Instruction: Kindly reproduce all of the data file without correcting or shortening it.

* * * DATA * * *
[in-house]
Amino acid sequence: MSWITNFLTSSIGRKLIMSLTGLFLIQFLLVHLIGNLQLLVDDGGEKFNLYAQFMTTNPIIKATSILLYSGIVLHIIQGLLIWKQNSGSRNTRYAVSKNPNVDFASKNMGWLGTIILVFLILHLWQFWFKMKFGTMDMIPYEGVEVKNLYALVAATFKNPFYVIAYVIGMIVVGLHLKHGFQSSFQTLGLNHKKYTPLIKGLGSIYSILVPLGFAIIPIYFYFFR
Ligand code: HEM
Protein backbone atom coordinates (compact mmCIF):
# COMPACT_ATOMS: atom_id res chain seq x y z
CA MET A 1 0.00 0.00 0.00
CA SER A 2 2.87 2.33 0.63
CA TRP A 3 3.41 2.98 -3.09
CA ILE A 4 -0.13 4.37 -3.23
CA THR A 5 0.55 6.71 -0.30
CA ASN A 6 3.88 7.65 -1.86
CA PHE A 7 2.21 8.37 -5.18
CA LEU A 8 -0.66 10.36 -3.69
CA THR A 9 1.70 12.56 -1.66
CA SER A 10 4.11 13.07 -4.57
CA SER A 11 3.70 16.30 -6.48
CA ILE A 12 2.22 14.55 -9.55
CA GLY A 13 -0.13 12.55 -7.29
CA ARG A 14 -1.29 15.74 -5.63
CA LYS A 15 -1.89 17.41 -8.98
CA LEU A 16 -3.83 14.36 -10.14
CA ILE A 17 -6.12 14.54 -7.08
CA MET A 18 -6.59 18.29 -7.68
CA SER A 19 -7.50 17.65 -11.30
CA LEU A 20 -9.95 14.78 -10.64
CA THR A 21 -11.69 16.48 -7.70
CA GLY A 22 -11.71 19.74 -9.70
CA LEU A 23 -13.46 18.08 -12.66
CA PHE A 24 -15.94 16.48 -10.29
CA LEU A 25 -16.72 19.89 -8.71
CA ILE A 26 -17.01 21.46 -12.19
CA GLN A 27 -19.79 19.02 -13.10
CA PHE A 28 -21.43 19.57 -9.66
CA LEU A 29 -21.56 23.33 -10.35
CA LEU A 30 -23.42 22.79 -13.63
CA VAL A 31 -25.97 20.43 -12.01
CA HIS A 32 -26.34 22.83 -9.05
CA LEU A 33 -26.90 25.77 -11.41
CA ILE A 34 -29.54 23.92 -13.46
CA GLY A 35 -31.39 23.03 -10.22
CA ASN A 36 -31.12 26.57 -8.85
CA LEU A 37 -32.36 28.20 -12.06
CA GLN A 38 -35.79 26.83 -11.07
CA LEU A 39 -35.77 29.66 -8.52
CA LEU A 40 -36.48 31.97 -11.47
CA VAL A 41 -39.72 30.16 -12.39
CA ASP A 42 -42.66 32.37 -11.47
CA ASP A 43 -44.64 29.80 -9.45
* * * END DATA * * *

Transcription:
[in-house]
Amino acid sequence: MSWITNFLTSSIGRKLIMSLTGLFLIQFLLVHLIGNLQLLVDDGGEKFNLYAQFMTTNPIIKATSILLYSGIVLHIIQGLLIWKQNSGSRNTRYAVSKNPNVDFASKNMGWLGTIILVFLILHLWQFWFKMKFGTMDMIPYEGVEVKNLYALVAATFKNPFYVIAYVIGMIVVGLHLKHGFQSSFQTLGLNHKKYTPLIKGLGSIYSILVPLGFAIIPIYFYFFR
Ligand code: HEM
Protein backbone atom coordinates (compact mmCIF):
# COMPACT_ATOMS: atom_id res chain seq x y z
CA MET A 1 0.00 0.00 0.00
CA SER A 2 2.87 2.33 0.63
CA TRP A 3 3.41 2.98 -3.09
CA ILE A 4 -0.13 4.37 -3.23
CA THR A 5 0.55 6.71 -0.30
CA ASN A 6 3.88 7.65 -1.86
CA PHE A 7 2.21 8.37 -5.18
CA LEU A 8 -0.66 10.36 -3.69
CA THR A 9 1.70 12.56 -1.66
CA SER A 10 4.11 13.07 -4.57
CA SER A 11 3.70 16.30 -6.48
CA ILE A 12 2.22 14.55 -9.55
CA GLY A 13 -0.13 12.55 -7.29
CA ARG A 14 -1.29 15.74 -5.63
CA LYS A 15 -1.89 17.41 -8.98
CA LEU A 16 -3.83 14.36 -10.14
CA ILE A 17 -6.12 14.54 -7.08
CA MET A 18 -6.59 18.29 -7.68
CA SER A 19 -7.50 17.65 -11.30
CA LEU A 20 -9.95 14.78 -10.64
CA THR A 21 -11.69 16.48 -7.70
CA GLY A 22 -11.71 19.74 -9.70
CA LEU A 23 -13.46 18.08 -12.66
CA PHE A 24 -15.94 16.48 -10.29
CA LEU A 25 -16.72 19.89 -8.71
CA ILE A 26 -17.01 21.46 -12.19
CA GLN A 27 -19.79 19.02 -13.10
CA PHE A 28 -21.43 19.57 -9.66
CA LEU A 29 -21.56 23.33 -10.35
CA LEU A 30 -23.42 22.79 -13.63
CA VAL A 31 -25.97 20.43 -12.01
CA HIS A 32 -26.34 22.83 -9.05
CA LEU A 33 -26.90 25.77 -11.41
CA ILE A 34 -29.54 23.92 -13.46
CA GLY A 35 -31.39 23.03 -10.22
CA ASN A 36 -31.12 26.57 -8.85
CA LEU A 37 -32.36 28.20 -12.06
CA GLN A 38 -35.79 26.83 -11.07
CA LEU A 39 -35.77 29.66 -8.52
CA LEU A 40 -36.48 31.97 -11.47
CA VAL A 41 -39.72 30.16 -12.39
CA ASP A 42 -42.66 32.37 -11.47
CA ASP A 43 -44.64 29.80 -9.45